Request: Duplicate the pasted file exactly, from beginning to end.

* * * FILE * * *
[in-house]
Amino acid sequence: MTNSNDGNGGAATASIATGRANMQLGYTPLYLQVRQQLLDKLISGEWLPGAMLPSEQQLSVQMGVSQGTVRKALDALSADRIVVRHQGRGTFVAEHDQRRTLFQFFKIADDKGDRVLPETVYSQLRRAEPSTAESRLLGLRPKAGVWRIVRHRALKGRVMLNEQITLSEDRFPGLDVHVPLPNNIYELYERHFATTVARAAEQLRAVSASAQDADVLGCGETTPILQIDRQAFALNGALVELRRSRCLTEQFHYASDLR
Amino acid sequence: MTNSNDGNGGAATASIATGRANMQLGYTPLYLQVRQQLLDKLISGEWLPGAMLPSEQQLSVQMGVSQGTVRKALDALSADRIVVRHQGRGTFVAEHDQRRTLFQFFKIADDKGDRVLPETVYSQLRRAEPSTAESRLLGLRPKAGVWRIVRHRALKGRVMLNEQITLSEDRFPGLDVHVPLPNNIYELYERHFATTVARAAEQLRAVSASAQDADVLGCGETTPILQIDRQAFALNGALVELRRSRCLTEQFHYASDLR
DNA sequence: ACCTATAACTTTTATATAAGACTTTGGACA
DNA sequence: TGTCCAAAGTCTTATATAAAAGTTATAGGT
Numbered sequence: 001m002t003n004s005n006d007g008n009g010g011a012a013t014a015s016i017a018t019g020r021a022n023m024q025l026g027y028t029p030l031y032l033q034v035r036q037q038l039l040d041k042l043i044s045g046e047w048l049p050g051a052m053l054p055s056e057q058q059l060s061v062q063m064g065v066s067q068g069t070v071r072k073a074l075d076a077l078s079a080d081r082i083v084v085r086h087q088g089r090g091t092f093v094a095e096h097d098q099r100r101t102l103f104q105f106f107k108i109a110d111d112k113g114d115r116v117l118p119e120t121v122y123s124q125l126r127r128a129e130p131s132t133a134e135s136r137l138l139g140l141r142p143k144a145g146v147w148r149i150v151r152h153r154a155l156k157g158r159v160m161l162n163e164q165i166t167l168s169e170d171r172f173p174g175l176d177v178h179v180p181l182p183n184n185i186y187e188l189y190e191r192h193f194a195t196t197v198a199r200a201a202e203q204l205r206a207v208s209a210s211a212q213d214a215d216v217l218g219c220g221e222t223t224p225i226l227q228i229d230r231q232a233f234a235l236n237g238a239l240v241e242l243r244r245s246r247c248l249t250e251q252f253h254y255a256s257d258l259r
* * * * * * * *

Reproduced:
[in-house]
Amino acid sequence: MTNSNDGNGGAATASIATGRANMQLGYTPLYLQVRQQLLDKLISGEWLPGAMLPSEQQLSVQMGVSQGTVRKALDALSADRIVVRHQGRGTFVAEHDQRRTLFQFFKIADDKGDRVLPETVYSQLRRAEPSTAESRLLGLRPKAGVWRIVRHRALKGRVMLNEQITLSEDRFPGLDVHVPLPNNIYELYERHFATTVARAAEQLRAVSASAQDADVLGCGETTPILQIDRQAFALNGALVELRRSRCLTEQFHYASDLR
Amino acid sequence: MTNSNDGNGGAATASIATGRANMQLGYTPLYLQVRQQLLDKLISGEWLPGAMLPSEQQLSVQMGVSQGTVRKALDALSADRIVVRHQGRGTFVAEHDQRRTLFQFFKIADDKGDRVLPETVYSQLRRAEPSTAESRLLGLRPKAGVWRIVRHRALKGRVMLNEQITLSEDRFPGLDVHVPLPNNIYELYERHFATTVARAAEQLRAVSASAQDADVLGCGETTPILQIDRQAFALNGALVELRRSRCLTEQFHYASDLR
DNA sequence: ACCTATAACTTTTATATAAGACTTTGGACA
DNA sequence: TGTCCAAAGTCTTATATAAAAGTTATAGGT
Numbered sequence: 001m002t003n004s005n006d007g008n009g010g011a012a013t014a015s016i017a018t019g020r021a022n023m024q025l026g027y028t029p030l031y032l033q034v035r036q037q038l039l040d041k042l043i044s045g046e047w048l049p050g051a052m053l054p055s056e057q058q059l060s061v062q063m064g065v066s067q068g069t070v071r072k073a074l075d076a077l078s079a080d081r082i083v084v085r086h087q088g089r090g091t092f093v094a095e096h097d098q099r100r101t102l103f104q105f106f107k108i109a110d111d112k113g114d115r116v117l118p119e120t121v122y123s124q125l126r127r128a129e130p131s132t133a134e135s136r137l138l139g140l141r142p143k144a145g146v147w148r149i150v151r152h153r154a155l156k157g158r159v160m161l162n163e164q165i166t167l168s169e170d171r172f173p174g175l176d177v178h179v180p181l182p183n184n185i186y187e188l189y190e191r192h193f194a195t196t197v198a199r200a201a202e203q204l205r206a207v208s209a210s211a212q213d214a215d216v217l218g219c220g221e222t223t224p225i226l227q228i229d230r231q232a233f234a235l236n237g238a239l240v241e242l243r244r245s246r247c248l249t250e251q252f253h254y255a256s257d258l259r